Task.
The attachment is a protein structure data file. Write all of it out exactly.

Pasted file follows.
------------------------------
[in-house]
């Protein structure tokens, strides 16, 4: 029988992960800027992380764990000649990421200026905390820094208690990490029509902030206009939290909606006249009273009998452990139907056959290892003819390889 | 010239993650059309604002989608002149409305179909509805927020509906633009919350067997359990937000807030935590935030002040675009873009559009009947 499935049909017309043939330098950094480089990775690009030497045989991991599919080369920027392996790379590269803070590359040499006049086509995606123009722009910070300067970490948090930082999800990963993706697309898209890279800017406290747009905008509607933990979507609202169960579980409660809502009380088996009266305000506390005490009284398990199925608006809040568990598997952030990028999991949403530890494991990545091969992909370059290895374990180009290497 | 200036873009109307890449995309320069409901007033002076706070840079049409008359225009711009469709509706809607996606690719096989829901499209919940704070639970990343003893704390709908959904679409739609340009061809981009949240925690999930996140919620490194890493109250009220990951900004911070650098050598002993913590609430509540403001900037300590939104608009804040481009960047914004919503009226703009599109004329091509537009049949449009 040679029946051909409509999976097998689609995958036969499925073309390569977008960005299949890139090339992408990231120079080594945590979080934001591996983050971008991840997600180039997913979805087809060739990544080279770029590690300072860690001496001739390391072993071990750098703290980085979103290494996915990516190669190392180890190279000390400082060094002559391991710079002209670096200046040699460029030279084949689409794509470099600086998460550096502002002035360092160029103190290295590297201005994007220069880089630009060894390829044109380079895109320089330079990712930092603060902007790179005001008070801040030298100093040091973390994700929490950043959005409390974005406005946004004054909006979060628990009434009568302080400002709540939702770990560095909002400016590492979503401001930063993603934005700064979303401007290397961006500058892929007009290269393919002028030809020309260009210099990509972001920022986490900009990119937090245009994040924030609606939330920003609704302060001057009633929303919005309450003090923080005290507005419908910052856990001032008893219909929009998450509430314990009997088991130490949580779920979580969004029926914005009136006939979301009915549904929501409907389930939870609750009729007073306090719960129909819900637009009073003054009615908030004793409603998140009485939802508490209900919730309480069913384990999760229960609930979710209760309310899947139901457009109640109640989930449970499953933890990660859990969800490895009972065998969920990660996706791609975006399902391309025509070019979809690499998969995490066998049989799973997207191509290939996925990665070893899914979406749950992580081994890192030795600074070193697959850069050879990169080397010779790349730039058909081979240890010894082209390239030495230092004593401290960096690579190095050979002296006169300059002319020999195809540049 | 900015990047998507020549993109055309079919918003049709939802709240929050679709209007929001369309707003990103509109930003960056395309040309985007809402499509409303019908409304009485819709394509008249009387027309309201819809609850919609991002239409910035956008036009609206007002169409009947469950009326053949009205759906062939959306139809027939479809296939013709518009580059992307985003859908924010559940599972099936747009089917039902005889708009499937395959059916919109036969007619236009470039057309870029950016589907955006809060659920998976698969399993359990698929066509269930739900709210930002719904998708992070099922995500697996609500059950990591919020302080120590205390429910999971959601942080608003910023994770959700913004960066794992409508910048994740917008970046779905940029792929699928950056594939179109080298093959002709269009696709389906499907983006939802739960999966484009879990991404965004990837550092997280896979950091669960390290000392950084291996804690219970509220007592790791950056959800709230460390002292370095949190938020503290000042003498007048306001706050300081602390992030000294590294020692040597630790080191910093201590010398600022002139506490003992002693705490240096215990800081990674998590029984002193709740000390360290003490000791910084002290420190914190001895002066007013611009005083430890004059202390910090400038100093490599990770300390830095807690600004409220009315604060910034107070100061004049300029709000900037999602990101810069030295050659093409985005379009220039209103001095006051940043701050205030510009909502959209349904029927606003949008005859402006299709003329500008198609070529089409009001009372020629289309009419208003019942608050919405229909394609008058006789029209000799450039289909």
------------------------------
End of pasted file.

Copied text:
[in-house]
């Protein structure tokens, strides 16, 4: 029988992960800027992380764990000649990421200026905390820094208690990490029509902030206009939290909606006249009273009998452990139907056959290892003819390889 | 010239993650059309604002989608002149409305179909509805927020509906633009919350067997359990937000807030935590935030002040675009873009559009009947 499935049909017309043939330098950094480089990775690009030497045989991991599919080369920027392996790379590269803070590359040499006049086509995606123009722009910070300067970490948090930082999800990963993706697309898209890279800017406290747009905008509607933990979507609202169960579980409660809502009380088996009266305000506390005490009284398990199925608006809040568990598997952030990028999991949403530890494991990545091969992909370059290895374990180009290497 | 200036873009109307890449995309320069409901007033002076706070840079049409008359225009711009469709509706809607996606690719096989829901499209919940704070639970990343003893704390709908959904679409739609340009061809981009949240925690999930996140919620490194890493109250009220990951900004911070650098050598002993913590609430509540403001900037300590939104608009804040481009960047914004919503009226703009599109004329091509537009049949449009 040679029946051909409509999976097998689609995958036969499925073309390569977008960005299949890139090339992408990231120079080594945590979080934001591996983050971008991840997600180039997913979805087809060739990544080279770029590690300072860690001496001739390391072993071990750098703290980085979103290494996915990516190669190392180890190279000390400082060094002559391991710079002209670096200046040699460029030279084949689409794509470099600086998460550096502002002035360092160029103190290295590297201005994007220069880089630009060894390829044109380079895109320089330079990712930092603060902007790179005001008070801040030298100093040091973390994700929490950043959005409390974005406005946004004054909006979060628990009434009568302080400002709540939702770990560095909002400016590492979503401001930063993603934005700064979303401007290397961006500058892929007009290269393919002028030809020309260009210099990509972001920022986490900009990119937090245009994040924030609606939330920003609704302060001057009633929303919005309450003090923080005290507005419908910052856990001032008893219909929009998450509430314990009997088991130490949580779920979580969004029926914005009136006939979301009915549904929501409907389930939870609750009729007073306090719960129909819900637009009073003054009615908030004793409603998140009485939802508490209900919730309480069913384990999760229960609930979710209760309310899947139901457009109640109640989930449970499953933890990660859990969800490895009972065998969920990660996706791609975006399902391309025509070019979809690499998969995490066998049989799973997207191509290939996925990665070893899914979406749950992580081994890192030795600074070193697959850069050879990169080397010779790349730039058909081979240890010894082209390239030495230092004593401290960096690579190095050979002296006169300059002319020999195809540049 | 900015990047998507020549993109055309079919918003049709939802709240929050679709209007929001369309707003990103509109930003960056395309040309985007809402499509409303019908409304009485819709394509008249009387027309309201819809609850919609991002239409910035956008036009609206007002169409009947469950009326053949009205759906062939959306139809027939479809296939013709518009580059992307985003859908924010559940599972099936747009089917039902005889708009499937395959059916919109036969007619236009470039057309870029950016589907955006809060659920998976698969399993359990698929066509269930739900709210930002719904998708992070099922995500697996609500059950990591919020302080120590205390429910999971959601942080608003910023994770959700913004960066794992409508910048994740917008970046779905940029792929699928950056594939179109080298093959002709269009696709389906499907983006939802739960999966484009879990991404965004990837550092997280896979950091669960390290000392950084291996804690219970509220007592790791950056959800709230460390002292370095949190938020503290000042003498007048306001706050300081602390992030000294590294020692040597630790080191910093201590010398600022002139506490003992002693705490240096215990800081990674998590029984002193709740000390360290003490000791910084002290420190914190001895002066007013611009005083430890004059202390910090400038100093490599990770300390830095807690600004409220009315604060910034107070100061004049300029709000900037999602990101810069030295050659093409985005379009220039209103001095006051940043701050205030510009909502959209349904029927606003949008005859402006299709003329500008198609070529089409009001009372020629289309009419208003019942608050919405229909394609008058006789029209000799450039289909």